Anyone who’s visited Vancouver knows it’s a beautiful city with endless natural wonders to enjoy and explore. It makes sense that much of their public art also thematically emulates and plays with nature. A perfect example is The Drop (2009) which was conceived and created by Inges Idee, a group of four Berlin-based German artists: Hans Hemmert, Axel Lieber, Thomas Schmidt and George Zey. The group’s activity focuses on art in public spaces, with The Drop being their first installation in North America. Continue reading The Drop, Vancouver BC Waterfront
Like most still lifes, Tom Wesselmann’s Still Life #57 (1969–70) presents a number of ordinary objects — including an orange, a bouquet of flowers, a light switch, a radio, and a checked tablecloth. The artist spent three years developing this monumental work. The “main difficulty . . . and the one that took so long to resolve, was cropping or not cropping the radio,” he said. “I wanted to crop it to keep it more in a painting reference rather than something like a stage set.”
Photographed in the Museum of Modern Art in Manhattan.
Provocatively half dissected, flayed, and rendered in a sophisticated grey-scale palette, Companion (Resting Place, 2013) monumentalizes the beloved character created by Brian Donnelly, one of the most popular artists of his generation, who goes by the pseudonym KAWS.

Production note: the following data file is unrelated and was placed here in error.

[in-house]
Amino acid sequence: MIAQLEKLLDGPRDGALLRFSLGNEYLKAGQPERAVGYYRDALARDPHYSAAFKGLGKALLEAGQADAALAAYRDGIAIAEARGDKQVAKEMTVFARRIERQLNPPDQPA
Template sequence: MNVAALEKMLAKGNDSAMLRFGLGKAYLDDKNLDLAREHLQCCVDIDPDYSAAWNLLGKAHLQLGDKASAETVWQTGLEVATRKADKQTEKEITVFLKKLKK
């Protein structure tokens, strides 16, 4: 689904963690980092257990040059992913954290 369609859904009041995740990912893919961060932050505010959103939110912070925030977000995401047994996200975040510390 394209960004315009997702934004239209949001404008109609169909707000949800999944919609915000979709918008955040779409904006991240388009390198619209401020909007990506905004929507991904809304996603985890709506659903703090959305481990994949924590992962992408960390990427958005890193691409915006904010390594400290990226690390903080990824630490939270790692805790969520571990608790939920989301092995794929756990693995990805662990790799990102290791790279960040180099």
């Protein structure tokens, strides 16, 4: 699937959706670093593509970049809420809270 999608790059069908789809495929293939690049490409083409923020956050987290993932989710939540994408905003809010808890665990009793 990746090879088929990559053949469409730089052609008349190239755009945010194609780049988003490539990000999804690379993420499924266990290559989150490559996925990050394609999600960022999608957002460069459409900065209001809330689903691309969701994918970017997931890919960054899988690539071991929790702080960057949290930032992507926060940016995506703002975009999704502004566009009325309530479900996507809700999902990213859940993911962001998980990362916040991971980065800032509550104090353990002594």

One of the great things about public art is how the viewer can have such a wholly unique experience of the piece depending on the time of day it is viewed. In the case of Day’s End, the new, permanent sculpture by David Hammons (b. 1943), I saw it up-close for the first time at, well, day’s end. Watching the sun set through the sculpture and dip behind the New Jersey skyline was a beautiful thing to behold, especially as many of us are only just now able to walk outside free of masks for the first time in over a year.
Do you like monumental sculpture? I sure do. If that also happens to be your thing, and you’ve been looking for an excuse to head back over to the Chelsea Gallery District, you will want to know that Gladstone Gallery is currently hosting an exhibition of new sculptures by Ugo Rondinone from the artist’s latest body of work, nuns + monks — and these things are massive.